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The Lehigh River: Fascinating and Timeless
Tom Gettings
Wildlands Conservancy
Feb 11, 2004
A river has been flowing through the Lehigh Valley for millennia. Until the 19th century it was called the West Branch of the Delaware River. Only after the river acquired its own individuality as a transportation base in the early 1800's did we begin to use the anglicized version, "Lehigh", of the word the Native American Lenni Lenape called the river "Lechewuekink." This tongue twisting word means, "where there are forks", and refers to various paths going north and west that branched off a major trail along the river at present day Bethlehem.

The Lehigh River has gone through dramatic changes during its recorded history. The Lenni Lenape nation lived along its shores 10,000 years ago. The first European immigrants in the 18th century used its water and the creatures living in it as the basis for their New World settlements. The great American Industrial Revolution in the 19th century was born on its riverbanks. Using the force of its water to fuel power sources and provide transportation for raw materials and manufactured goods on its canal, built in the 1820's by the Lehigh Coal and Navigation Company, the Lehigh was at the center of America's development into an industrial giant in the 20th century. Today as we enter the 21st century the role the Lehigh will play in the future has yet to be determined.

What we do know is that the Lehigh's water hasn't been as clean as it is now since the first Europeans settled on its shores. At one point in the early 1900's the Lehigh's water was so polluted by coal, sewage and manufacturing waste it was described as "black flowing lava." We also know that from the Lehigh Gorge State Park, in the upper reaches, to its confluence with the Delaware River at Easton, the river is being rafted, canoed and fished more than anytime in the last 200 years. The Lehigh has been discovered as a recreational resource as the 21st century begins.

Being close to any river is a mesmerizing experience. The sound, the current, the very texture and atmosphere created by moving water makes a statement that transcends time, place and history. Today if you launch a canoe onto the Lehigh you can join all those who have done so for thousands of years. John James Audubon, the great American painter and naturalist, sojourned along the upper Lehigh painting bird species for six weeks in 1829. The reasons for a canoe trip back then was for exploration and primary transportation. Today we launch our canoes for education and recreation purposes. Our reasons for paddling the Lehigh may have changed over time but the fascination of being on the river has not.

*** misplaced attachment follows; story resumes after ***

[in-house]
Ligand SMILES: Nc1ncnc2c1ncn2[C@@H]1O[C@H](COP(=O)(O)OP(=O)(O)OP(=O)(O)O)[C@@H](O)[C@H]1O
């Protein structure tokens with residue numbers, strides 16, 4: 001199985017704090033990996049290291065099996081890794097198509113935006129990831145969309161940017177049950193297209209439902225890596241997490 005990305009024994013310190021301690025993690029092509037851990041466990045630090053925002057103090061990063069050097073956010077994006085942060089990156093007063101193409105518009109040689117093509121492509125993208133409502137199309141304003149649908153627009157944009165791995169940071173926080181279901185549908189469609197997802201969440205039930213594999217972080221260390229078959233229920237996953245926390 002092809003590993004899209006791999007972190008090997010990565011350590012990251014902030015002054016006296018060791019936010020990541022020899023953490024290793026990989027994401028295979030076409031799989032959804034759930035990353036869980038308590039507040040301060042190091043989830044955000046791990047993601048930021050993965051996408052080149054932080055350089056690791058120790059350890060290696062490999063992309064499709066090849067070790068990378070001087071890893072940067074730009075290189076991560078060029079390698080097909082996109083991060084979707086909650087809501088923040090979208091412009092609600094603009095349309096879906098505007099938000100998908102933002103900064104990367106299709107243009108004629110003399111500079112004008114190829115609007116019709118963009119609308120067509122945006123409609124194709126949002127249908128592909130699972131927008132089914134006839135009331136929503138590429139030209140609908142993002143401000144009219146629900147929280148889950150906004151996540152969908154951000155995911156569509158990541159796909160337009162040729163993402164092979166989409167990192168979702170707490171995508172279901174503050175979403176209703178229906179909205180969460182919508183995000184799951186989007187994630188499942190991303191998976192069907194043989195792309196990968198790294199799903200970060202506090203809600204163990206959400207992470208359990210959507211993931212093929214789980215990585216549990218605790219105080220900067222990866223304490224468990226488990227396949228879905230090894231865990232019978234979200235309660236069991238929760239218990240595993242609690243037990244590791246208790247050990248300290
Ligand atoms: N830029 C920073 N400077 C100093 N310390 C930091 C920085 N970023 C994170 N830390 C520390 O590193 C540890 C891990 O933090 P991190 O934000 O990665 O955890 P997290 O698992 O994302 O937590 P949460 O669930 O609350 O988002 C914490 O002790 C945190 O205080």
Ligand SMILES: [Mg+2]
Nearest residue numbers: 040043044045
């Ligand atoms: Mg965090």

Flocks of Canada Geese lift off as we approach, noisily heading toward the next stop on their migration. Great Blue Herons warily watch as we quietly slip toward their hunting positions. Frantic Mallards and Mergansers beat their wings to get airborne as they sense danger in our approach. The beaver slaps its tail and heads for the safety of the tree-lined bank and its lodge beneath the rocks. Deer are startled as they drink from a spot that is rarely visited by others and an Osprey flies overhead with a newly caught fish in its talons. The hawk hovering overhead is usually a Red-tail but sometimes it's a Cooper or a Sharp-shinned or another seldom seen raptor. An River Otter scurries up onto the bank as we approach interrupting its play and that mating pair of Bald Eagles once again swoops low overhead almost as if they are trying to get a closer look at us as we float by.

The riverbank is ever changing. Giant Sycamores, Catalpa and Maple trees line the riverbanks and collapse with age into the water creating ideal aquatic habitat. High water events reduce and remove the dead wood insuring that the pattern of natural change remains constant over the span of time. Maps that date back to the first European settlers indicate islands and sets of rapids that are in exactly the same locations today as they were hundreds of years ago. Old foundations and ruins of canal era buildings used from the 1820's to 1930's can be glimpsed along the tree-lined riverbanks.

Today the Lehigh River is no longer the industrial river it was in the 19th and 20th centuries. It is no longer the settlers' river of the 18th century and it certainly is not the river of the first Native Americans that hunted and settled on its banks 10,000 years ago. But it is still our river and it still speaks to us. If we listen well we can hear of the times gone by, but we can also perceive the opportunities that lie ahead. The wise old saying," You never step into the same river twice", reminds us that all rivers change every second of every day never to be exactly the same again. It is up to each generation to listen to our river, join the flow of life that it creates and determine what role it will play in our future.

Go to the Lehigh and touch the river. Canoe on its water, skip stones on its surface, listen to its flow, reflect on its exceptional history and then help decide its future.

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